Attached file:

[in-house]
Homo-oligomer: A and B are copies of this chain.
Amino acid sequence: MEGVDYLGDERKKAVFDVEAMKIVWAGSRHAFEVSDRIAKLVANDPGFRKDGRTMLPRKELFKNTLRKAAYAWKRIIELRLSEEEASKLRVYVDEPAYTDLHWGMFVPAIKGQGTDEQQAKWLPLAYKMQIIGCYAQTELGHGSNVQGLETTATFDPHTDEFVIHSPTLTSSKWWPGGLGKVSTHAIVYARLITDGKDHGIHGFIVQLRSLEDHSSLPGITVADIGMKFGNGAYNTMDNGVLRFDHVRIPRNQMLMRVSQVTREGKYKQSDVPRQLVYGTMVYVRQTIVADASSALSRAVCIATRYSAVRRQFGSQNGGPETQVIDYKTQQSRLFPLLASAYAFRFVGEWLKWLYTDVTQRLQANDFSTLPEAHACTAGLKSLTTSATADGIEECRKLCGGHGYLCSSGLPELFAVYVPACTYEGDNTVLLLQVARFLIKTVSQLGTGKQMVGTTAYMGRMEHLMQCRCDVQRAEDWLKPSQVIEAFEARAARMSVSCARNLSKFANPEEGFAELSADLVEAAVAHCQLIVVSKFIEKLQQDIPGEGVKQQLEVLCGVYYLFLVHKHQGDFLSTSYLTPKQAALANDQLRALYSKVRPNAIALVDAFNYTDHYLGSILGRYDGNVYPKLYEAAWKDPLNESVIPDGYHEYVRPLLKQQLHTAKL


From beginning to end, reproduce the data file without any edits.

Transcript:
[in-house]
Homo-oligomer: A and B are copies of this chain.
Amino acid sequence: MEGVDYLGDERKKAVFDVEAMKIVWAGSRHAFEVSDRIAKLVANDPGFRKDGRTMLPRKELFKNTLRKAAYAWKRIIELRLSEEEASKLRVYVDEPAYTDLHWGMFVPAIKGQGTDEQQAKWLPLAYKMQIIGCYAQTELGHGSNVQGLETTATFDPHTDEFVIHSPTLTSSKWWPGGLGKVSTHAIVYARLITDGKDHGIHGFIVQLRSLEDHSSLPGITVADIGMKFGNGAYNTMDNGVLRFDHVRIPRNQMLMRVSQVTREGKYKQSDVPRQLVYGTMVYVRQTIVADASSALSRAVCIATRYSAVRRQFGSQNGGPETQVIDYKTQQSRLFPLLASAYAFRFVGEWLKWLYTDVTQRLQANDFSTLPEAHACTAGLKSLTTSATADGIEECRKLCGGHGYLCSSGLPELFAVYVPACTYEGDNTVLLLQVARFLIKTVSQLGTGKQMVGTTAYMGRMEHLMQCRCDVQRAEDWLKPSQVIEAFEARAARMSVSCARNLSKFANPEEGFAELSADLVEAAVAHCQLIVVSKFIEKLQQDIPGEGVKQQLEVLCGVYYLFLVHKHQGDFLSTSYLTPKQAALANDQLRALYSKVRPNAIALVDAFNYTDHYLGSILGRYDGNVYPKLYEAAWKDPLNESVIPDGYHEYVRPLLKQQLHTAKL